Prioritizing, Editing and Pruning Content
The following module provides advice and tips on how to effectively prioritize and prune the content of a dissertation into a focused manuscript.
- Understand the need to focus dissertation content
- Develop strategies to prioritize content and create an outline
- Understand and utilize methods to prune, edit and streamline the content to match the outline
The following YouTube video, How to Turn Your Dissertation into a Journal Article, is an interview with a journal editor. The editor offers first-hand advice and insight into submitting your dissertation results for publication in journal. The editor emphasizes the differences between a journal article and a dissertation and the need to prune, focus and streamline content from your dissertation to create a manuscript that can be submitted for publication.
Once you understand the differences between a dissertation and a journal article, you can begin to examine your dissertation and identify topics, sections or findings from your dissertation that may have potential for submission to a journal. Create a prioritized list of your topics for publication. Starting with your highest priority, identify a journal that may be interested in your topic (see the Selecting a Journal module in this series). You will want to familiarize yourself with the guidelines and requirements for this journal before you begin to edit your content.
Editing and pruning the dissertation involves careful selection and re-writing of the material. It is way beyond simply cutting and pasting content. The process of pruning and editing your dissertation may seem overwhelming and therefore, organization is the key. The following tips will assist you in this process.
- Begin by going through your dissertation from start to finish and creating a list of bullet points of your major facts and findings. Some authors even create one bullet point per paragraph. Each bullet point should be concise and only contain information the reader needs to know. A good rule of thumb is to limit each one to a dozen or so words. Do not repeat the content of the bullet points.
- When you have completed this process, go through your list and distinguish between essential and non-essential points. Keep the audience and their level of knowledge about your topic in mind as you go through this process. Eliminate any unnecessary points.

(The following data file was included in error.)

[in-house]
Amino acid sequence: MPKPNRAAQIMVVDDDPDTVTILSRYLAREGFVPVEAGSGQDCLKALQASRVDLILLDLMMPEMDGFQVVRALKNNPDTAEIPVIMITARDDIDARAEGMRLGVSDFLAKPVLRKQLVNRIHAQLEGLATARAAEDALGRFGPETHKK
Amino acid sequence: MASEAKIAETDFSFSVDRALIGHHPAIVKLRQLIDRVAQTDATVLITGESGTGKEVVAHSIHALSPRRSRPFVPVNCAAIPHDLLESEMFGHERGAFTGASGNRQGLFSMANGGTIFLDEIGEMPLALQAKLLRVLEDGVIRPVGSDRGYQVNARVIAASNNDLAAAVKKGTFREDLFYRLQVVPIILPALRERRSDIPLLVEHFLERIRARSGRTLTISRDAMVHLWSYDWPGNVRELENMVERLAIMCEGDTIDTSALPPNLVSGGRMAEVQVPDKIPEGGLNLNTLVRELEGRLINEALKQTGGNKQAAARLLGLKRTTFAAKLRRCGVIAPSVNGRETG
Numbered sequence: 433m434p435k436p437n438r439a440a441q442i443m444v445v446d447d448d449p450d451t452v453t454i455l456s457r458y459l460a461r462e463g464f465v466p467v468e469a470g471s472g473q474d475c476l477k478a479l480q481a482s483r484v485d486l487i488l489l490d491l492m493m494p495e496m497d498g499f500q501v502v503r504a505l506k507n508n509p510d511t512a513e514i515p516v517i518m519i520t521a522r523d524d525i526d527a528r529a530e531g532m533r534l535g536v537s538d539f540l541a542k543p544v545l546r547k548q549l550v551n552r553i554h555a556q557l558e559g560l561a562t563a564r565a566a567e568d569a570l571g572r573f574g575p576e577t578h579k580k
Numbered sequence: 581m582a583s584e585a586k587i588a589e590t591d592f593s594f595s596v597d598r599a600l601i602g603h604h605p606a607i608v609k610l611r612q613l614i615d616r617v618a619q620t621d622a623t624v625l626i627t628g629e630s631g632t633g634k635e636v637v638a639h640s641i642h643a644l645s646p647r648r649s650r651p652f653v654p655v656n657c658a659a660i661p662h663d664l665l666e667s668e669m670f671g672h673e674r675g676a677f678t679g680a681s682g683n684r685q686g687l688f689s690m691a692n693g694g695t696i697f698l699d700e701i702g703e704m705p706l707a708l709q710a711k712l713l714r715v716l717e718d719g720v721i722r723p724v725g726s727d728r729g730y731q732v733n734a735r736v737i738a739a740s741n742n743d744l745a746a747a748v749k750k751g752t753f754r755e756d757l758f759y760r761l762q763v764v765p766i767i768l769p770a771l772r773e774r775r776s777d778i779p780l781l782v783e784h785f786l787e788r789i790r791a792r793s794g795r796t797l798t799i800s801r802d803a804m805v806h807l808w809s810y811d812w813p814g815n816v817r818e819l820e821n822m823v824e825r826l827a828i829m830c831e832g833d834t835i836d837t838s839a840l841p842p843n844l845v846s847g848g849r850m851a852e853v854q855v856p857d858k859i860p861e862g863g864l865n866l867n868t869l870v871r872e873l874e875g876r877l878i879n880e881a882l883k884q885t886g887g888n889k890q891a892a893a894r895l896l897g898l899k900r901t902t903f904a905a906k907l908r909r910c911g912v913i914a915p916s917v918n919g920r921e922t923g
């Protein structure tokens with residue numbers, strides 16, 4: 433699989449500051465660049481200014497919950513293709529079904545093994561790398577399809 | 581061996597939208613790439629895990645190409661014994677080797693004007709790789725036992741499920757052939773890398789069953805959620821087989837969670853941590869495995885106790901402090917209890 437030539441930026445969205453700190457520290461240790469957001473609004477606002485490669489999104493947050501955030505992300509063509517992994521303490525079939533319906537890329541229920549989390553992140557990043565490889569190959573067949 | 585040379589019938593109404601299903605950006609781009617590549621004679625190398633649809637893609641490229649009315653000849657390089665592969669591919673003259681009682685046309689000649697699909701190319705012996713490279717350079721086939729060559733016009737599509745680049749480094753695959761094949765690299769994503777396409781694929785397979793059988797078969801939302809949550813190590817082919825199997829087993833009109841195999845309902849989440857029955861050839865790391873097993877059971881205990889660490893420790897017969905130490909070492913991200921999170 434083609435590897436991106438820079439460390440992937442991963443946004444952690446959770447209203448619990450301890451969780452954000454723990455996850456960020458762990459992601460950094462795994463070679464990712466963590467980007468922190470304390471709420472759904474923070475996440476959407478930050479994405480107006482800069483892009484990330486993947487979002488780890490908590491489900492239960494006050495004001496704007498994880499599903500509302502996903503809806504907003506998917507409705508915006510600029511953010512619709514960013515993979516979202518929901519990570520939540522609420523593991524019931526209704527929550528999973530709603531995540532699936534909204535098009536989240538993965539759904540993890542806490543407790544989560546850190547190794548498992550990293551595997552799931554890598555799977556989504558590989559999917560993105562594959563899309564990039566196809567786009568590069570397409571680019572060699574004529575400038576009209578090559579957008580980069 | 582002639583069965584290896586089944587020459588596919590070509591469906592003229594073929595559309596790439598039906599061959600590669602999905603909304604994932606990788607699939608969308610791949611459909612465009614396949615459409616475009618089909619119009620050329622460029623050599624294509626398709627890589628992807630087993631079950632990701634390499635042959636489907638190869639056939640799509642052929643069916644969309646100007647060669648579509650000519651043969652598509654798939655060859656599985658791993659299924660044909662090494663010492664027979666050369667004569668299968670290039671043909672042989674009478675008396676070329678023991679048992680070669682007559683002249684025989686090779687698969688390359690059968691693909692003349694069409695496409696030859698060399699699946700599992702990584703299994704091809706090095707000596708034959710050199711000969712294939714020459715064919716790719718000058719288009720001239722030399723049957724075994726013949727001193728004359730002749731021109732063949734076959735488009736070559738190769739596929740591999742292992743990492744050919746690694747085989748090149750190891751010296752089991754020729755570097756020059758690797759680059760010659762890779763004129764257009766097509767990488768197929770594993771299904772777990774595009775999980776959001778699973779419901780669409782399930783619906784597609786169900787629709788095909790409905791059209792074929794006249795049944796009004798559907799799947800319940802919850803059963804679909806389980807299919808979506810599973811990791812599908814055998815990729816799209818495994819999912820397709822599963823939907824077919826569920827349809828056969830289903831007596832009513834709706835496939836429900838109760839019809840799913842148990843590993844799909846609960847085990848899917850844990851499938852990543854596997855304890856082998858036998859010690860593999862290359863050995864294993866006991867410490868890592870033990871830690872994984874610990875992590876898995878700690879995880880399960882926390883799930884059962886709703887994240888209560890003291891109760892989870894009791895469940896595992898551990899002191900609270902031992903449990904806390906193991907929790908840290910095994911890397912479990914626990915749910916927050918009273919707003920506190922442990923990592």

- Go through the bullet points and identify all points related to the topic you have chosen for your manuscript.
- Organize those bullet points in a logical order that flows smoothly. This will create a functional outline for writing the manuscript. One common way to organize the bullet points is as follows:
- Importance of the issue
- Relevant literature
- Fundamental concepts and background information (which may be incorporated into the previous two when writing the manuscript)
- Implications of the findings
- The final result is a blueprint for writing the manuscript.
- For tips, suggestions, and resources on how to write a research paper for publication, see the CIRT Research Ready module, Writing a Research Paper.
Pruning the content by using the bullet point method does require an investment of time and energy up front. However, the outline created from the process provides great assistance when sitting down to write the article and is worth the effort. The Resource Links to the right offer additional suggestions and insight.
- Belcher, W. L. (2009).Writing your journal article in twelve weeks: A guide to academic publishing success. Sage.
- Calfee, R. C., & Valencia, R. R. (1991). APA guide to preparing manuscripts for journal publication.
- Fox, M. F. (1985). The transition from dissertation student to publishing scholar and professional. Scholarly writing & publishing: Issues, problems. and solutions. Westview Press: Boulder, 6-16.
- Luey, B. (Ed.). (2008).Revising your dissertation: Advice from leading editors. Univ of California Press.
- Pollard, R. Q. (2005). From dissertation to journal article: A useful method for planning and writing any manuscript.The Internet Journal of Mental Health,2(2), 1-10.
- Rocco, T.S. and Hatcher, T. (2011). The handbook of scholarly writing and publishing. San Francisco: Jossey-Bass.